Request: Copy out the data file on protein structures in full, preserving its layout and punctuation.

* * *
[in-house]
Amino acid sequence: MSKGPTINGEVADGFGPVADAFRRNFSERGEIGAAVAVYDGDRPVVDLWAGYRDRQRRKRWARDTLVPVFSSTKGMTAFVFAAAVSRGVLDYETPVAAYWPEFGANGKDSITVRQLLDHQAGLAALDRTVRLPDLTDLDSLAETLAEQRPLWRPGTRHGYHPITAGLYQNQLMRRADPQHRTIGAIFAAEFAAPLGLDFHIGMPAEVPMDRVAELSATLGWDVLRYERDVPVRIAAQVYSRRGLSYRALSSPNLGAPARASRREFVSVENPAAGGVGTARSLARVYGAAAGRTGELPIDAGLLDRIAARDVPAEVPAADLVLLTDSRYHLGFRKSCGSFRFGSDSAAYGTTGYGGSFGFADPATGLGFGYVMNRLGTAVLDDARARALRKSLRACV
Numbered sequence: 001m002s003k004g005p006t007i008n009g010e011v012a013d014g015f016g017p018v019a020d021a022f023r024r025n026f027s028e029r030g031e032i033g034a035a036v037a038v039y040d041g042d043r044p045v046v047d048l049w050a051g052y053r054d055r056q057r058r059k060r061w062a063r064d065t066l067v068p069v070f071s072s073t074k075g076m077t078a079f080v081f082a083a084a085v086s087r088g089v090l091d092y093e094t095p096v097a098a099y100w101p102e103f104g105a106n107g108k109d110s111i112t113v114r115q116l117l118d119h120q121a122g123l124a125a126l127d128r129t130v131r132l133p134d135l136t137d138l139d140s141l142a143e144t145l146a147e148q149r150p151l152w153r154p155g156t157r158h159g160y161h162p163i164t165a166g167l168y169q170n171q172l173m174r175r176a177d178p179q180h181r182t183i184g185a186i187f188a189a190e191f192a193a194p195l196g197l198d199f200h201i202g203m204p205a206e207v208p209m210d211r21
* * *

[in-house]
Amino acid sequence: MSKGPTINGEVADGFGPVADAFRRNFSERGEIGAAVAVYDGDRPVVDLWAGYRDRQRRKRWARDTLVPVFSSTKGMTAFVFAAAVSRGVLDYETPVAAYWPEFGANGKDSITVRQLLDHQAGLAALDRTVRLPDLTDLDSLAETLAEQRPLWRPGTRHGYHPITAGLYQNQLMRRADPQHRTIGAIFAAEFAAPLGLDFHIGMPAEVPMDRVAELSATLGWDVLRYERDVPVRIAAQVYSRRGLSYRALSSPNLGAPARASRREFVSVENPAAGGVGTARSLARVYGAAAGRTGELPIDAGLLDRIAARDVPAEVPAADLVLLTDSRYHLGFRKSCGSFRFGSDSAAYGTTGYGGSFGFADPATGLGFGYVMNRLGTAVLDDARARALRKSLRACV
Numbered sequence: 001m002s003k004g005p006t007i008n009g010e011v012a013d014g015f016g017p018v019a020d021a022f023r024r025n026f027s028e029r030g031e032i033g034a035a036v037a038v039y040d041g042d043r044p045v046v047d048l049w050a051g052y053r054d055r056q057r058r059k060r061w062a063r064d065t066l067v068p069v070f071s072s073t074k075g076m077t078a079f080v081f082a083a084a085v086s087r088g089v090l091d092y093e094t095p096v097a098a099y100w101p102e103f104g105a106n107g108k109d110s111i112t113v114r115q116l117l118d119h120q121a122g123l124a125a126l127d128r129t130v131r132l133p134d135l136t137d138l139d140s141l142a143e144t145l146a147e148q149r150p151l152w153r154p155g156t157r158h159g160y161h162p163i164t165a166g167l168y169q170n171q172l173m174r175r176a177d178p179q180h181r182t183i184g185a186i187f188a189a190e191f192a193a194p195l196g197l198d199f200h201i202g203m204p205a206e207v208p209m210d211r21